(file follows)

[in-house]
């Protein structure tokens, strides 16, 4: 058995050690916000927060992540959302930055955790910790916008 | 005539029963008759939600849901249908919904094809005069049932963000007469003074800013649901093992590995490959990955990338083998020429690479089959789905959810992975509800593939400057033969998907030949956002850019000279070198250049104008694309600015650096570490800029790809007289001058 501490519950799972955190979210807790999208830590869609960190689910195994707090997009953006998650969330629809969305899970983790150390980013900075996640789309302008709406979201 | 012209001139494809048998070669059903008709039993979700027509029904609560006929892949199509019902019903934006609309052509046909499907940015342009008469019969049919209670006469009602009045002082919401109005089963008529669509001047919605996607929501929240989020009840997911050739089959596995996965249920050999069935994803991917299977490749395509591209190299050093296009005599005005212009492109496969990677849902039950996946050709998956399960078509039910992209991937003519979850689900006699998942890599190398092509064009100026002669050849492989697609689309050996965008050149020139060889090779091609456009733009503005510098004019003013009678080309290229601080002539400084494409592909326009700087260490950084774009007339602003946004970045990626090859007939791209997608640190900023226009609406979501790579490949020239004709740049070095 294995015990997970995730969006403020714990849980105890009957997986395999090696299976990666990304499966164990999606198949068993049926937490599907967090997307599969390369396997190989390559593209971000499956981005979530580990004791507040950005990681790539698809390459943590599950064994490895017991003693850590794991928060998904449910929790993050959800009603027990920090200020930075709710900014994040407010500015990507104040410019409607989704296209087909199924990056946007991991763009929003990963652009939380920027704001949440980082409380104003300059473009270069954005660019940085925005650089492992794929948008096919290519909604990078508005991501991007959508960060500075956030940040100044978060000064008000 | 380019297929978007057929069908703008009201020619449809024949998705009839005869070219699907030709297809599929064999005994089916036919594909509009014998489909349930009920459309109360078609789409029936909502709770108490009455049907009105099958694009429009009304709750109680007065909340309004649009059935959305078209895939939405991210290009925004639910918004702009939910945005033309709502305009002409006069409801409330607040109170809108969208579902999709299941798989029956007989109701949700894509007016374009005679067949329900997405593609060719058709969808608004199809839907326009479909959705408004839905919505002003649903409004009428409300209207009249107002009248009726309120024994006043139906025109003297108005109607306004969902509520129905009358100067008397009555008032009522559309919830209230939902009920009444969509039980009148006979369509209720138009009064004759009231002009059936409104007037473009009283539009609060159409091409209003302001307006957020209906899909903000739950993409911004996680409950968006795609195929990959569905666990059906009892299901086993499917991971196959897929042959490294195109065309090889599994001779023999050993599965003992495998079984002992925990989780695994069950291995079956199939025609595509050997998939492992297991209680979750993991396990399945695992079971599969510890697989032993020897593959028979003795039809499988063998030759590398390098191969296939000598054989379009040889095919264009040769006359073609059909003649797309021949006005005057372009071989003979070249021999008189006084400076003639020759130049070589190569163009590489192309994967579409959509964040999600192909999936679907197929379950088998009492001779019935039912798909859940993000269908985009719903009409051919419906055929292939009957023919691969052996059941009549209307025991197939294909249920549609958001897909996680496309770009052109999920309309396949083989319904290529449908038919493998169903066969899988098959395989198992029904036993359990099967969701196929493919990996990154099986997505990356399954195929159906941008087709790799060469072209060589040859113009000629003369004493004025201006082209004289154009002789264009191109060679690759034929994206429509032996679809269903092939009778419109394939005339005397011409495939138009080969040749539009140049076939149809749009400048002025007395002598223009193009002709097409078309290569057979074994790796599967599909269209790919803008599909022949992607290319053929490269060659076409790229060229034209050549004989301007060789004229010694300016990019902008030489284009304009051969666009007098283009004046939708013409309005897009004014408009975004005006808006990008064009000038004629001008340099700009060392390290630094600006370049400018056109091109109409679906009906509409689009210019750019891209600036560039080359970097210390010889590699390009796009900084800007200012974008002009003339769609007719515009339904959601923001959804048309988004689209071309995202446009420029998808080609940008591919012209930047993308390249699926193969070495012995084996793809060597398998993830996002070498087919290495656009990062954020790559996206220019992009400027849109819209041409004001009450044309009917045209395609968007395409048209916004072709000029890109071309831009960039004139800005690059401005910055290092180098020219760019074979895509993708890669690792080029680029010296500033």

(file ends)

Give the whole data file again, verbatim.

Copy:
[in-house]
């Protein structure tokens, strides 16, 4: 058995050690916000927060992540959302930055955790910790916008 | 005539029963008759939600849901249908919904094809005069049932963000007469003074800013649901093992590995490959990955990338083998020429690479089959789905959810992975509800593939400057033969998907030949956002850019000279070198250049104008694309600015650096570490800029790809007289001058 501490519950799972955190979210807790999208830590869609960190689910195994707090997009953006998650969330629809969305899970983790150390980013900075996640789309302008709406979201 | 012209001139494809048998070669059903008709039993979700027509029904609560006929892949199509019902019903934006609309052509046909499907940015342009008469019969049919209670006469009602009045002082919401109005089963008529669509001047919605996607929501929240989020009840997911050739089959596995996965249920050999069935994803991917299977490749395509591209190299050093296009005599005005212009492109496969990677849902039950996946050709998956399960078509039910992209991937003519979850689900006699998942890599190398092509064009100026002669050849492989697609689309050996965008050149020139060889090779091609456009733009503005510098004019003013009678080309290229601080002539400084494409592909326009700087260490950084774009007339602003946004970045990626090859007939791209997608640190900023226009609406979501790579490949020239004709740049070095 294995015990997970995730969006403020714990849980105890009957997986395999090696299976990666990304499966164990999606198949068993049926937490599907967090997307599969390369396997190989390559593209971000499956981005979530580990004791507040950005990681790539698809390459943590599950064994490895017991003693850590794991928060998904449910929790993050959800009603027990920090200020930075709710900014994040407010500015990507104040410019409607989704296209087909199924990056946007991991763009929003990963652009939380920027704001949440980082409380104003300059473009270069954005660019940085925005650089492992794929948008096919290519909604990078508005991501991007959508960060500075956030940040100044978060000064008000 | 380019297929978007057929069908703008009201020619449809024949998705009839005869070219699907030709297809599929064999005994089916036919594909509009014998489909349930009920459309109360078609789409029936909502709770108490009455049907009105099958694009429009009304709750109680007065909340309004649009059935959305078209895939939405991210290009925004639910918004702009939910945005033309709502305009002409006069409801409330607040109170809108969208579902999709299941798989029956007989109701949700894509007016374009005679067949329900997405593609060719058709969808608004199809839907326009479909959705408004839905919505002003649903409004009428409300209207009249107002009248009726309120024994006043139906025109003297108005109607306004969902509520129905009358100067008397009555008032009522559309919830209230939902009920009444969509039980009148006979369509209720138009009064004759009231002009059936409104007037473009009283539009609060159409091409209003302001307006957020209906899909903000739950993409911004996680409950968006795609195929990959569905666990059906009892299901086993499917991971196959897929042959490294195109065309090889599994001779023999050993599965003992495998079984002992925990989780695994069950291995079956199939025609595509050997998939492992297991209680979750993991396990399945695992079971599969510890697989032993020897593959028979003795039809499988063998030759590398390098191969296939000598054989379009040889095919264009040769006359073609059909003649797309021949006005005057372009071989003979070249021999008189006084400076003639020759130049070589190569163009590489192309994967579409959509964040999600192909999936679907197929379950088998009492001779019935039912798909859940993000269908985009719903009409051919419906055929292939009957023919691969052996059941009549209307025991197939294909249920549609958001897909996680496309770009052109999920309309396949083989319904290529449908038919493998169903066969899988098959395989198992029904036993359990099967969701196929493919990996990154099986997505990356399954195929159906941008087709790799060469072209060589040859113009000629003369004493004025201006082209004289154009002789264009191109060679690759034929994206429509032996679809269903092939009778419109394939005339005397011409495939138009080969040749539009140049076939149809749009400048002025007395002598223009193009002709097409078309290569057979074994790796599967599909269209790919803008599909022949992607290319053929490269060659076409790229060229034209050549004989301007060789004229010694300016990019902008030489284009304009051969666009007098283009004046939708013409309005897009004014408009975004005006808006990008064009000038004629001008340099700009060392390290630094600006370049400018056109091109109409679906009906509409689009210019750019891209600036560039080359970097210390010889590699390009796009900084800007200012974008002009003339769609007719515009339904959601923001959804048309988004689209071309995202446009420029998808080609940008591919012209930047993308390249699926193969070495012995084996793809060597398998993830996002070498087919290495656009990062954020790559996206220019992009400027849109819209041409004001009450044309009917045209395609968007395409048209916004072709000029890109071309831009960039004139800005690059401005910055290092180098020219760019074979895509993708890669690792080029680029010296500033």